Radiation therapy is the use of x-rays or other high-energy rays to kill cancer cells and shrink tumors. Radiation may come from a machine outside the body (external radiation therapy) or from putting materials that contain radiation through thin plastic tubes (internal radiation therapy) in the intestine area. Radiation can be used alone or in addition to surgery and/or chemotherapy.

Chemotherapy is the use of drugs to kill cancer cells. Chemotherapy may be taken by pill, or it may be put into the body by inserting a needle into a vein. A patient may be given chemotherapy through a tube that will be left in the vein while a small pump provides constant treatment over a period of weeks. Chemotherapy is called a systemic treatment because the drug enters the bloodstream, travels through the body, and can kill cancer cells outside the rectum. If cancer has spread to the liver, a patient may be given chemotherapy directly into the artery going to the liver. Chemotherapy or other drugs may be given with radiation therapy to make cancer cells more sensitive to radiation (radiosensitizers).

If the doctor removes all the cancer that can be seen at the time of the operation, a patient may be given chemotherapy after surgery to kill any cancer cells that are left. Chemotherapy given after an operation to a person who has no cancer cells that can be seen is called adjuvant chemotherapy.

Biological treatment tries to get the body to fight cancer. It uses materials made by the body or made in a laboratory to boost, direct, or restore the body's natural defenses against disease. Biological treatment is sometimes called biological response modifier (BRM) therapy.

Treatment by stage
Treatments of cancer of the rectum depend on the stage of the disease and the patient's overall condition.

Standard treatments, that have been proven effective in past studies, may be received or participation in a clinical trial may be considered. Clinical trials are done to find better ways to treat cancer patients and are based on the most up-to-date information. Clinical trials are ongoing in most parts of the country for most stages of cancer of the rectum. To learn more about clinical trials, call the Cancer Information Service at 1-800-4-CANCER (1-800-422-6237)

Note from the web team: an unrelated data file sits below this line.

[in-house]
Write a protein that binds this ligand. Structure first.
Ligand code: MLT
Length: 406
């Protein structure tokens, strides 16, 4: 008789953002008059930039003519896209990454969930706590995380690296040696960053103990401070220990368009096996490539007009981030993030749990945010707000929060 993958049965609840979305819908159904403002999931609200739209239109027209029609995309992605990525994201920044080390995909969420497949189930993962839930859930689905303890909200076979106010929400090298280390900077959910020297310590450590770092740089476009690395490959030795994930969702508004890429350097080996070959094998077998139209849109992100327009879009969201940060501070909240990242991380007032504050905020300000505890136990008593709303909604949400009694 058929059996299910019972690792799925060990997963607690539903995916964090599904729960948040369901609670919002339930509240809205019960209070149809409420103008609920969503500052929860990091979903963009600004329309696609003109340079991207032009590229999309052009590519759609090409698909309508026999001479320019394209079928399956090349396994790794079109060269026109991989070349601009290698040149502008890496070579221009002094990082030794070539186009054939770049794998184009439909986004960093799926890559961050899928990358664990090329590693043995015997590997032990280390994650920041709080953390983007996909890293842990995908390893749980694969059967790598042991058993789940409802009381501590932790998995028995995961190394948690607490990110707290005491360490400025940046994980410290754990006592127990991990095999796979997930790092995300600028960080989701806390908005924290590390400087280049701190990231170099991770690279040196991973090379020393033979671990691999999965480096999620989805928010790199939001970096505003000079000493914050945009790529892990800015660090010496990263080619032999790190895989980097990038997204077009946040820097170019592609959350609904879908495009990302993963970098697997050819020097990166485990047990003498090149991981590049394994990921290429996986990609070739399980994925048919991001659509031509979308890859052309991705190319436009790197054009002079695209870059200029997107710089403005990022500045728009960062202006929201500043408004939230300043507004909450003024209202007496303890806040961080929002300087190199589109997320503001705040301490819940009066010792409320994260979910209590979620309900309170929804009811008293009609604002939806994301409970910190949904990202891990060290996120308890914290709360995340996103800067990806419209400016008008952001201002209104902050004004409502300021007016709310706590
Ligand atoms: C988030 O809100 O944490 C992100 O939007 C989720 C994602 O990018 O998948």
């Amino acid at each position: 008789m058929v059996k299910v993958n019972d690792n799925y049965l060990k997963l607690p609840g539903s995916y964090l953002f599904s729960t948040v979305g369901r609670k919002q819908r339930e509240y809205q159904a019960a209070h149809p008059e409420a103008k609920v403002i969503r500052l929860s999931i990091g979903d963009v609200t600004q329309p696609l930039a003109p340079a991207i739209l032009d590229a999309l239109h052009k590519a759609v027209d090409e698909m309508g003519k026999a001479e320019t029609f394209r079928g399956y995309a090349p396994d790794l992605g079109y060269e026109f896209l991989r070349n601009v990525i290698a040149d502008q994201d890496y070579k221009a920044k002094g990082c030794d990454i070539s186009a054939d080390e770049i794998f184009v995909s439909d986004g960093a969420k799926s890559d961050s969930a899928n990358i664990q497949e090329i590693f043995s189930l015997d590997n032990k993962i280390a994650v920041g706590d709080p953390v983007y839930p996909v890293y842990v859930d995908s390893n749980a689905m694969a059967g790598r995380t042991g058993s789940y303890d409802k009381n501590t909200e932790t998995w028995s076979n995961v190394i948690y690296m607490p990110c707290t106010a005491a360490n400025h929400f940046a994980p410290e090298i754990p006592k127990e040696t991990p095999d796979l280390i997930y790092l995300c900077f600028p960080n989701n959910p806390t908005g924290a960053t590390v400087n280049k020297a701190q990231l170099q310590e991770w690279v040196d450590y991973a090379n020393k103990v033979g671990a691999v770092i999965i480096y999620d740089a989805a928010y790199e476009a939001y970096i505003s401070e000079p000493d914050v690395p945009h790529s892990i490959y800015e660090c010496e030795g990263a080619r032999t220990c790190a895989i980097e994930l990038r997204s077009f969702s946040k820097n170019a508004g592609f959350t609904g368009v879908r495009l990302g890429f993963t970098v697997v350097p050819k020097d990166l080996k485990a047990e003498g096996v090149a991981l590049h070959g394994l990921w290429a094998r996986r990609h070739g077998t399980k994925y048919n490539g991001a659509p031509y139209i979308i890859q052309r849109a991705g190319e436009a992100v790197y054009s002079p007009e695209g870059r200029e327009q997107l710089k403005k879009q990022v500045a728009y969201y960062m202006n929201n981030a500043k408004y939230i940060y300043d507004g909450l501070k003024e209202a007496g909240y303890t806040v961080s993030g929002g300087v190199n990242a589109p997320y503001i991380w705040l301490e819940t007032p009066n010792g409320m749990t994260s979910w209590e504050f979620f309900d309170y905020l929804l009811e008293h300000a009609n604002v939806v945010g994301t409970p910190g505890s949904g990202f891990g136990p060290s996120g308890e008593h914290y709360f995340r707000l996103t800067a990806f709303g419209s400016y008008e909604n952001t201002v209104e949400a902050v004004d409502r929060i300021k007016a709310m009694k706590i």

• TTY at 1-800-332-8615



STAGE 0 RECTAL CANCER

Treatment may be one of the following:

1. Local excision.
2. Bowel resection.
3. Radiation therapy.
4. Electrofulguration.
5. Internal radiation therapy.



STAGE I RECTAL CANCER

Treatment is usually surgery (bowel resection) to remove the cancer. Other treatments that may be chosen depending on the size and location of the cancer include:

1. Internal radiation therapy.
2. Electrofulguration.
3. Local resection with or without radiation therapy plus chemotherapy.



STAGE II RECTAL CANCER

Treatment may be one of the following:

1. Surgery (bowel resection) to remove the cancer, followed by radiation therapy and chemotherapy.
2. Surgery (bowel resection) to remove the cancer, as well as the colon, rectum, prostate, or bladder, depending on where the cancer has spread. Surgery is followed by radiation therapy and chemotherapy.
3. Radiation therapy with or without chemotherapy followed by surgery (bowel resection) followed by chemotherapy.
4. Clinical trials evaluating all of the above treatments to find better combinations of chemotherapy drugs and better ways of combining radiation therapy with chemotherapy.
5. Radiation therapy given during surgery with chemotherapy, surgery, or radiation therapy before surgery.



STAGE III RECTAL CANCER

Treatment may be one of the following:

1. Surgery (bowel resection) to remove the cancer, followed by radiation therapy and chemotherapy.
2. Surgery (bowel resection) to remove the cancer, as well as the colon, rectum, prostate, or bladder, depending on where the cancer has spread. Surgery is followed by radiation therapy and chemotherapy.
3. Radiation therapy with or without chemotherapy followed by surgery (bowel resection) followed by chemotherapy.
4. Clinical trials evaluating all of the above treatments to find better combinations of chemotherapy drugs and better ways of combining radiation therapy with chemotherapy.
5. Radiation therapy given during surgery with chemotherapy, surgery, or radiation therapy before surgery.
6. Chemotherapy and radiation therapy to relieve symptoms.



STAGE IV RECTAL CANCER

Treatment may be one of the following:

1. Surgery (bowel resection) to remove or go around the cancer.
2. If the cancer has spread only to the liver, lungs, or ovaries, surgery to take out the cancer where it has spread.
3. Radiation therapy and chemotherapy to reduce the size of the cancer and make the patient more comfortable.
4. Clinical trials of chemotherapy and biological therapy.



RECURRENT RECTAL CANCER

Treatment may be one of the following:

1. If the cancer has come back (recurred) in only one part of the body, treatment may be an operation to take out the cancer.
2. Radiation therapy to reduce the size of the cancer and make the patient more comfortable.
3. Chemotherapy to reduce the size of the cancer and make the patient more comfortable.
4. Radiation therapy and chemotherapy to reduce the size of the cancer and make the patient more comfortable.



TO LEARN MORE

TO LEARN MORE..... CALL 1-800-4-CANCER